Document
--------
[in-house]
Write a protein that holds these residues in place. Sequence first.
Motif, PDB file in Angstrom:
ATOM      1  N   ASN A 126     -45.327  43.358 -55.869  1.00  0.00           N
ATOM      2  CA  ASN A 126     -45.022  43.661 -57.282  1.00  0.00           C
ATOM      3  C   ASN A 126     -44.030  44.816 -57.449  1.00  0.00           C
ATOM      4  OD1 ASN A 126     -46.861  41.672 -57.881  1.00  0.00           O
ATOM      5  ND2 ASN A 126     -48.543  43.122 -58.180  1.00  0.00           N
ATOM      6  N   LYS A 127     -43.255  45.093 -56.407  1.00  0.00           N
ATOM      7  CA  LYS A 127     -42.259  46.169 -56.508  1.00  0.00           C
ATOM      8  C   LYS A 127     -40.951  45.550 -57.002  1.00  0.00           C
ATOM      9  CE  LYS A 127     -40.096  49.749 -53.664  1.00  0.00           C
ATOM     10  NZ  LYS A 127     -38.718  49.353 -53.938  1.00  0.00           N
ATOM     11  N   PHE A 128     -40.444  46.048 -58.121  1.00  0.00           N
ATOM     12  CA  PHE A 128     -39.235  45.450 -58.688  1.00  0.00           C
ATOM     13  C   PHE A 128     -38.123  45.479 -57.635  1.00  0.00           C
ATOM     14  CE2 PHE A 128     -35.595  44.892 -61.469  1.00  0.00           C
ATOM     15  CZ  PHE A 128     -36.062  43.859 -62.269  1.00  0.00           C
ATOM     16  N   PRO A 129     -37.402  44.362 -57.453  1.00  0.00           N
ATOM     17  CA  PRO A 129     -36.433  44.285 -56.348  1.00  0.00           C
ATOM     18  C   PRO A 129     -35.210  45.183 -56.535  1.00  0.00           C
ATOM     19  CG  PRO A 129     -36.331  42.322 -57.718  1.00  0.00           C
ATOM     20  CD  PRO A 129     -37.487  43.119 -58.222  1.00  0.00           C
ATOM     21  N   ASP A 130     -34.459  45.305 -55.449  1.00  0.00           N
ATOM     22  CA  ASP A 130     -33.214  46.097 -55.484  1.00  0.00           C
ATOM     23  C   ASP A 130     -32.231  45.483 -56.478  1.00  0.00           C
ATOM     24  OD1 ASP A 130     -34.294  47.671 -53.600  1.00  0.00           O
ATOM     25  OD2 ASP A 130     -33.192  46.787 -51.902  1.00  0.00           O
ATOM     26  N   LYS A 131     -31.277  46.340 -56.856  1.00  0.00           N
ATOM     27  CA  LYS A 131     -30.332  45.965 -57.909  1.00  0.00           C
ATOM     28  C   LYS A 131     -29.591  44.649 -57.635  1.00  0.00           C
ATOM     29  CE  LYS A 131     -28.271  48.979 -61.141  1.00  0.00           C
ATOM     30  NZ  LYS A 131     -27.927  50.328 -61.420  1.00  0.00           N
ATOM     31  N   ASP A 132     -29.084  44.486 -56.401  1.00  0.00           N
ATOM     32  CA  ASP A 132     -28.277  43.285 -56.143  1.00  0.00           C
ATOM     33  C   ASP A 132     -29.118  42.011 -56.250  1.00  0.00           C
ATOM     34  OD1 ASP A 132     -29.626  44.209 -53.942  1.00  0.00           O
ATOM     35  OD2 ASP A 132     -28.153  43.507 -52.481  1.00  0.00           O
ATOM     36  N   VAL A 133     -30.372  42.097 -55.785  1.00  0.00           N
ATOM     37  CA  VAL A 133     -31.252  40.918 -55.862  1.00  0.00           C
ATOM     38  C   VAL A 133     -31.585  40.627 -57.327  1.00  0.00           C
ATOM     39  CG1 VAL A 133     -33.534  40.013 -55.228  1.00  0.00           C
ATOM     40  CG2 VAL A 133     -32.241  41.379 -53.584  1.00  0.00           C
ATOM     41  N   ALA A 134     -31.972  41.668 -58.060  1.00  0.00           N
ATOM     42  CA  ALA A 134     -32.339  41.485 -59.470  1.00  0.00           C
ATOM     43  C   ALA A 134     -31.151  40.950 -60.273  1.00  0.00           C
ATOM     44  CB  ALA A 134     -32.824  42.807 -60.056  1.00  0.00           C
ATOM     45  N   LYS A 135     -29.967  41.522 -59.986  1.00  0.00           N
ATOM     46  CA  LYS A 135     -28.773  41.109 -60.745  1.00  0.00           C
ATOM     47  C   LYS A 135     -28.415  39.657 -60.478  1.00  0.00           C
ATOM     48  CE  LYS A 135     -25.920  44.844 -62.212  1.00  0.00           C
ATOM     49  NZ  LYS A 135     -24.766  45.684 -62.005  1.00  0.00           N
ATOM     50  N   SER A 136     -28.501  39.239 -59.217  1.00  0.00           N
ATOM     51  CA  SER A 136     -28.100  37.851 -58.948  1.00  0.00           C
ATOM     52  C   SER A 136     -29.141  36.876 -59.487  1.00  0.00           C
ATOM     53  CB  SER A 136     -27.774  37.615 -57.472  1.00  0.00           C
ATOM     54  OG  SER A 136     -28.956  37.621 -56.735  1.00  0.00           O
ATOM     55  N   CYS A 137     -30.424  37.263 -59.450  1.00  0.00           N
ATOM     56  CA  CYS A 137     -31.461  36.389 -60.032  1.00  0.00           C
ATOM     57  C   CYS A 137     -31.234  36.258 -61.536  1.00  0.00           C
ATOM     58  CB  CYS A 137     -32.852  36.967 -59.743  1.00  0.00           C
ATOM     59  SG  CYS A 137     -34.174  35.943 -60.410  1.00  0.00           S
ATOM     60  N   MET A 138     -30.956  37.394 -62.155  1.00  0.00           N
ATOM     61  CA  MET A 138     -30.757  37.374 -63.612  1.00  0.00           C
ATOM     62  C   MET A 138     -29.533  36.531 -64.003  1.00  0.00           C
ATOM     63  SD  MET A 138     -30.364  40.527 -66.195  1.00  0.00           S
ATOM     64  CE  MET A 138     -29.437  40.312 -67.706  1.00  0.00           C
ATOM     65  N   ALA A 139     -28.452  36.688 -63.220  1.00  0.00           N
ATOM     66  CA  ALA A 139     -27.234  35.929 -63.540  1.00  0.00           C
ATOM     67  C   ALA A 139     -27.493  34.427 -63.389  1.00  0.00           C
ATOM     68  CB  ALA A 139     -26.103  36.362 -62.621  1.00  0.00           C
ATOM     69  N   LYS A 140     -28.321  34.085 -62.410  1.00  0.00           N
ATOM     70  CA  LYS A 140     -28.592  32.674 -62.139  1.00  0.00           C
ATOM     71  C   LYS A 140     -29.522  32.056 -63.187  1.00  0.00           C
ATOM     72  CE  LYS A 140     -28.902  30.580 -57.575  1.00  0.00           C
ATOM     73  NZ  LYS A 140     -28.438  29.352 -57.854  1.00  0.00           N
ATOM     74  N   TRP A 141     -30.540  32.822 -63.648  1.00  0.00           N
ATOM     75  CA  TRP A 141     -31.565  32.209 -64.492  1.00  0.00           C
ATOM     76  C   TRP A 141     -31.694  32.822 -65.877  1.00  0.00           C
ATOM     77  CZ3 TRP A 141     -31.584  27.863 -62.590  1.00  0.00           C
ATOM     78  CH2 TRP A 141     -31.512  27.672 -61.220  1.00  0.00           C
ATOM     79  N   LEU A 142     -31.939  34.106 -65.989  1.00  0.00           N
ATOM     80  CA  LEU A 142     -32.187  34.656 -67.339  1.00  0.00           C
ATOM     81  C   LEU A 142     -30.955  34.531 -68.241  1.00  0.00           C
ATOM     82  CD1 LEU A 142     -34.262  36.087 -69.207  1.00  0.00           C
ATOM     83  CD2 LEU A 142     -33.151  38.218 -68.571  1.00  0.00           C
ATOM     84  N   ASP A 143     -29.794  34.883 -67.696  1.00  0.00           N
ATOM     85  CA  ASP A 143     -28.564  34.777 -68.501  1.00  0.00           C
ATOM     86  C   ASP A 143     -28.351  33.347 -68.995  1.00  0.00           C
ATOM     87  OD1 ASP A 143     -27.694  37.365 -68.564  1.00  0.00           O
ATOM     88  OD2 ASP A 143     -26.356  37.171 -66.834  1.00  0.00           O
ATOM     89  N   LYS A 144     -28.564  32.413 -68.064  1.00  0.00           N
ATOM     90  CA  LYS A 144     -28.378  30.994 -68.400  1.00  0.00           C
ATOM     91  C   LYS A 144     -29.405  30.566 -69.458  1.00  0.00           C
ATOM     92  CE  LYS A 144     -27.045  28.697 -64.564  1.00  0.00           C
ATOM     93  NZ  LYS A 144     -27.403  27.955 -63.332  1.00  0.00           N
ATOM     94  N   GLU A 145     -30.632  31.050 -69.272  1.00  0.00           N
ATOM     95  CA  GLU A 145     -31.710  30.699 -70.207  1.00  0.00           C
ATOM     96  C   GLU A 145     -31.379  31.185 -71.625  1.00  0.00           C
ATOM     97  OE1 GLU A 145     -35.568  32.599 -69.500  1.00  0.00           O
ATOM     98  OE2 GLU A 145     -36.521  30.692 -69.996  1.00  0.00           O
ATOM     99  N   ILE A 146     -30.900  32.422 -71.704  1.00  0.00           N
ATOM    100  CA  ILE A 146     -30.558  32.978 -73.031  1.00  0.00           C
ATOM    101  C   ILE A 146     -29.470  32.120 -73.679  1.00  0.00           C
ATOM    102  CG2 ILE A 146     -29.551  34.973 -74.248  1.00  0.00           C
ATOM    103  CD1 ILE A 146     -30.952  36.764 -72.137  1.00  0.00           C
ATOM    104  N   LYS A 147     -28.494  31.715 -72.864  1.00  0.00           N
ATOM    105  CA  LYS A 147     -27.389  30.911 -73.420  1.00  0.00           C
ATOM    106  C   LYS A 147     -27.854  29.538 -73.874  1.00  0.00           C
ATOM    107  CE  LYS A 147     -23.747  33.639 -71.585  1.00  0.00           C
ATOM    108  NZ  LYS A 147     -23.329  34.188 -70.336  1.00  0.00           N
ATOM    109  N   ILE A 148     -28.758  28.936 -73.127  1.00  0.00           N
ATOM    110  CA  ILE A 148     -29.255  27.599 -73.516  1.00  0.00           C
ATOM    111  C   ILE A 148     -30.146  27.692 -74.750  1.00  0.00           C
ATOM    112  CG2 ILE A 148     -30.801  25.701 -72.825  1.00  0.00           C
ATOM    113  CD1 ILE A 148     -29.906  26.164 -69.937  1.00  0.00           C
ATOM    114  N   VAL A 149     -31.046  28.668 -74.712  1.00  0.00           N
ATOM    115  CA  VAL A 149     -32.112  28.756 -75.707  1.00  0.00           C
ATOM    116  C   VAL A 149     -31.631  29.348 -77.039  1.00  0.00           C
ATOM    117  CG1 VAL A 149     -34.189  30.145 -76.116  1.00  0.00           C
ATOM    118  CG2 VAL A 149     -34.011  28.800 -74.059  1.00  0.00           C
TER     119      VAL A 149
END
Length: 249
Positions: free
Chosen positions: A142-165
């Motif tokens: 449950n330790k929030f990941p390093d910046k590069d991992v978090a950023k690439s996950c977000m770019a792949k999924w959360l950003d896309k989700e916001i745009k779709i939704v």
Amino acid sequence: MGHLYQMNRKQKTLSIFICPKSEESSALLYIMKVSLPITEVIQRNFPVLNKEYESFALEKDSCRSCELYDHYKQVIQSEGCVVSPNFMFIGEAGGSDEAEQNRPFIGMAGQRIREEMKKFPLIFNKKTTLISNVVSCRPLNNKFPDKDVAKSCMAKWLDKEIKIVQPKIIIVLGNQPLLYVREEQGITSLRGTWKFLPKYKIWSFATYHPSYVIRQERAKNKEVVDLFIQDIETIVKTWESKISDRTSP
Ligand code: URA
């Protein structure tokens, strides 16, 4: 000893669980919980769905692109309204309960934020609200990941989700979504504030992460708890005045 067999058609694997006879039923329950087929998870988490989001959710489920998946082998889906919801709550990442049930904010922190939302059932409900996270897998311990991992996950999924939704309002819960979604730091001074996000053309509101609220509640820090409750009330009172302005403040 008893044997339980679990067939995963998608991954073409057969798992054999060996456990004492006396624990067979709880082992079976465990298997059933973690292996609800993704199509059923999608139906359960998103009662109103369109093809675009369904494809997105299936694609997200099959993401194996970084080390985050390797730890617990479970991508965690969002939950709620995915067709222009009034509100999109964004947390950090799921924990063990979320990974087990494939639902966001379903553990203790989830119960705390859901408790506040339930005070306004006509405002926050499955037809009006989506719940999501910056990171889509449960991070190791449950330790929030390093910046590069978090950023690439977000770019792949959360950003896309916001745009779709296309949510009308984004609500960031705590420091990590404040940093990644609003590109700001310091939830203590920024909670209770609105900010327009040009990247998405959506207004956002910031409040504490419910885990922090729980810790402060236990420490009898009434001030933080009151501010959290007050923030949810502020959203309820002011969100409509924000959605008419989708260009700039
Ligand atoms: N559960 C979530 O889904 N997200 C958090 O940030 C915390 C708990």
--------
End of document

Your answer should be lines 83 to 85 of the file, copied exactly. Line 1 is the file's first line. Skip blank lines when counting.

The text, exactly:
ATOM     80  CA  LEU A 142     -32.187  34.656 -67.339  1.00  0.00           C
ATOM     81  C   LEU A 142     -30.955  34.531 -68.241  1.00  0.00           C
ATOM     82  CD1 LEU A 142     -34.262  36.087 -69.207  1.00  0.00           C